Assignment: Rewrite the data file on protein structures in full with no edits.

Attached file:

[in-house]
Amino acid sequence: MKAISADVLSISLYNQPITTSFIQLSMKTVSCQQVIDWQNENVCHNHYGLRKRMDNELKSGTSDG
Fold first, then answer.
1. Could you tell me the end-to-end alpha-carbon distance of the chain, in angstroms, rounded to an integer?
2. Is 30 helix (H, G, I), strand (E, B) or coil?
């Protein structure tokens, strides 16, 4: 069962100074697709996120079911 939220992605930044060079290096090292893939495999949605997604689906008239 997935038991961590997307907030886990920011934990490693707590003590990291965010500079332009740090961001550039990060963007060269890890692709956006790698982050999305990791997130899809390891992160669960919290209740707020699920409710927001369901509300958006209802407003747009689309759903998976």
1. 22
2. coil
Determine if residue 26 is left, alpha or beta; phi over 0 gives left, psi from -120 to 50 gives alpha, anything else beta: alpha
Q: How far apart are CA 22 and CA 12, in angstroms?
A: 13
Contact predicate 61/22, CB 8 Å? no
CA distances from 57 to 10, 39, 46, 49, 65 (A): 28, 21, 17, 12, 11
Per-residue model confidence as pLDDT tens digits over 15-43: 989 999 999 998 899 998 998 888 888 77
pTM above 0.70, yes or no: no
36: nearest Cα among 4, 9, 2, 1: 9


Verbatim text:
[in-house]
Amino acid sequence: MKAISADVLSISLYNQPITTSFIQLSMKTVSCQQVIDWQNENVCHNHYGLRKRMDNELKSGTSDG
Fold first, then answer.
1. Could you tell me the end-to-end alpha-carbon distance of the chain, in angstroms, rounded to an integer?
2. Is 30 helix (H, G, I), strand (E, B) or coil?
């Protein structure tokens, strides 16, 4: 069962100074697709996120079911 939220992605930044060079290096090292893939495999949605997604689906008239 997935038991961590997307907030886990920011934990490693707590003590990291965010500079332009740090961001550039990060963007060269890890692709956006790698982050999305990791997130899809390891992160669960919290209740707020699920409710927001369901509300958006209802407003747009689309759903998976």
1. 22
2. coil
Determine if residue 26 is left, alpha or beta; phi over 0 gives left, psi from -120 to 50 gives alpha, anything else beta: alpha
Q: How far apart are CA 22 and CA 12, in angstroms?
A: 13
Contact predicate 61/22, CB 8 Å? no
CA distances from 57 to 10, 39, 46, 49, 65 (A): 28, 21, 17, 12, 11
Per-residue model confidence as pLDDT tens digits over 15-43: 989 999 999 998 899 998 998 888 888 77
pTM above 0.70, yes or no: no
36: nearest Cα among 4, 9, 2, 1: 9